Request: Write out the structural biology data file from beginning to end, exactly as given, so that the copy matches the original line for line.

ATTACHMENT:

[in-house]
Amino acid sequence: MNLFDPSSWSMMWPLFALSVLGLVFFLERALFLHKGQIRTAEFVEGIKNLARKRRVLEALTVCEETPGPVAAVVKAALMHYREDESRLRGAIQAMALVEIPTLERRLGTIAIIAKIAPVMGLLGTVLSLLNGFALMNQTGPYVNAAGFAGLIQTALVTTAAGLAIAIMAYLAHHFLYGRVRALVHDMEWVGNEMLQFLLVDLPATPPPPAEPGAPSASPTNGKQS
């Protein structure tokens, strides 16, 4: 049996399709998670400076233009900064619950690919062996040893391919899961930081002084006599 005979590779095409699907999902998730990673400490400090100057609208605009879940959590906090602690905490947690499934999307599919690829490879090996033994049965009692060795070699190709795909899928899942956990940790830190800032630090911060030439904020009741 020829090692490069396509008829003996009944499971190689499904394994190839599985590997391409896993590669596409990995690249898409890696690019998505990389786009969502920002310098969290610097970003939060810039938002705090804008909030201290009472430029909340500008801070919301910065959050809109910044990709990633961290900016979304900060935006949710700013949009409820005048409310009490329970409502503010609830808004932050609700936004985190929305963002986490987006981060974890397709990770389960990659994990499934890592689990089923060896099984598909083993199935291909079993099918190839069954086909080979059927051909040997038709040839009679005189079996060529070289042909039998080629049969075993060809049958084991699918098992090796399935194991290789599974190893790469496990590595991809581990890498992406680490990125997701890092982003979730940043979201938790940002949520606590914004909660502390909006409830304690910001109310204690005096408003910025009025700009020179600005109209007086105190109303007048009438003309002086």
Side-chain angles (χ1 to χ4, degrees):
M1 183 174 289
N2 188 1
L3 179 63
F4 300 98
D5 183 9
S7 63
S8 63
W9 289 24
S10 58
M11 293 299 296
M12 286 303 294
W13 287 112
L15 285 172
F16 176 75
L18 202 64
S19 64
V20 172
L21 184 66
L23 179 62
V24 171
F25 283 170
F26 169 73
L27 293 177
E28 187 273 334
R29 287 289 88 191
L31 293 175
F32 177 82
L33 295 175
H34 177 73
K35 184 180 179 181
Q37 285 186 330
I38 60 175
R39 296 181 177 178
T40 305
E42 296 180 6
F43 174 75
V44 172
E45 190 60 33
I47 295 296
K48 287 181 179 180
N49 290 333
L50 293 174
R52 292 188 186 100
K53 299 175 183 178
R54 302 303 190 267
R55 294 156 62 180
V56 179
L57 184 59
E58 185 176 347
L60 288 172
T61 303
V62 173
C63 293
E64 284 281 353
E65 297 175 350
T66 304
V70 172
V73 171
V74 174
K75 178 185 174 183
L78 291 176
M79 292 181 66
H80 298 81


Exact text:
[in-house]
Amino acid sequence: MNLFDPSSWSMMWPLFALSVLGLVFFLERALFLHKGQIRTAEFVEGIKNLARKRRVLEALTVCEETPGPVAAVVKAALMHYREDESRLRGAIQAMALVEIPTLERRLGTIAIIAKIAPVMGLLGTVLSLLNGFALMNQTGPYVNAAGFAGLIQTALVTTAAGLAIAIMAYLAHHFLYGRVRALVHDMEWVGNEMLQFLLVDLPATPPPPAEPGAPSASPTNGKQS
């Protein structure tokens, strides 16, 4: 049996399709998670400076233009900064619950690919062996040893391919899961930081002084006599 005979590779095409699907999902998730990673400490400090100057609208605009879940959590906090602690905490947690499934999307599919690829490879090996033994049965009692060795070699190709795909899928899942956990940790830190800032630090911060030439904020009741 020829090692490069396509008829003996009944499971190689499904394994190839599985590997391409896993590669596409990995690249898409890696690019998505990389786009969502920002310098969290610097970003939060810039938002705090804008909030201290009472430029909340500008801070919301910065959050809109910044990709990633961290900016979304900060935006949710700013949009409820005048409310009490329970409502503010609830808004932050609700936004985190929305963002986490987006981060974890397709990770389960990659994990499934890592689990089923060896099984598909083993199935291909079993099918190839069954086909080979059927051909040997038709040839009679005189079996060529070289042909039998080629049969075993060809049958084991699918098992090796399935194991290789599974190893790469496990590595991809581990890498992406680490990125997701890092982003979730940043979201938790940002949520606590914004909660502390909006409830304690910001109310204690005096408003910025009025700009020179600005109209007086105190109303007048009438003309002086």
Side-chain angles (χ1 to χ4, degrees):
M1 183 174 289
N2 188 1
L3 179 63
F4 300 98
D5 183 9
S7 63
S8 63
W9 289 24
S10 58
M11 293 299 296
M12 286 303 294
W13 287 112
L15 285 172
F16 176 75
L18 202 64
S19 64
V20 172
L21 184 66
L23 179 62
V24 171
F25 283 170
F26 169 73
L27 293 177
E28 187 273 334
R29 287 289 88 191
L31 293 175
F32 177 82
L33 295 175
H34 177 73
K35 184 180 179 181
Q37 285 186 330
I38 60 175
R39 296 181 177 178
T40 305
E42 296 180 6
F43 174 75
V44 172
E45 190 60 33
I47 295 296
K48 287 181 179 180
N49 290 333
L50 293 174
R52 292 188 186 100
K53 299 175 183 178
R54 302 303 190 267
R55 294 156 62 180
V56 179
L57 184 59
E58 185 176 347
L60 288 172
T61 303
V62 173
C63 293
E64 284 281 353
E65 297 175 350
T66 304
V70 172
V73 171
V74 174
K75 178 185 174 183
L78 291 176
M79 292 181 66
H80 298 81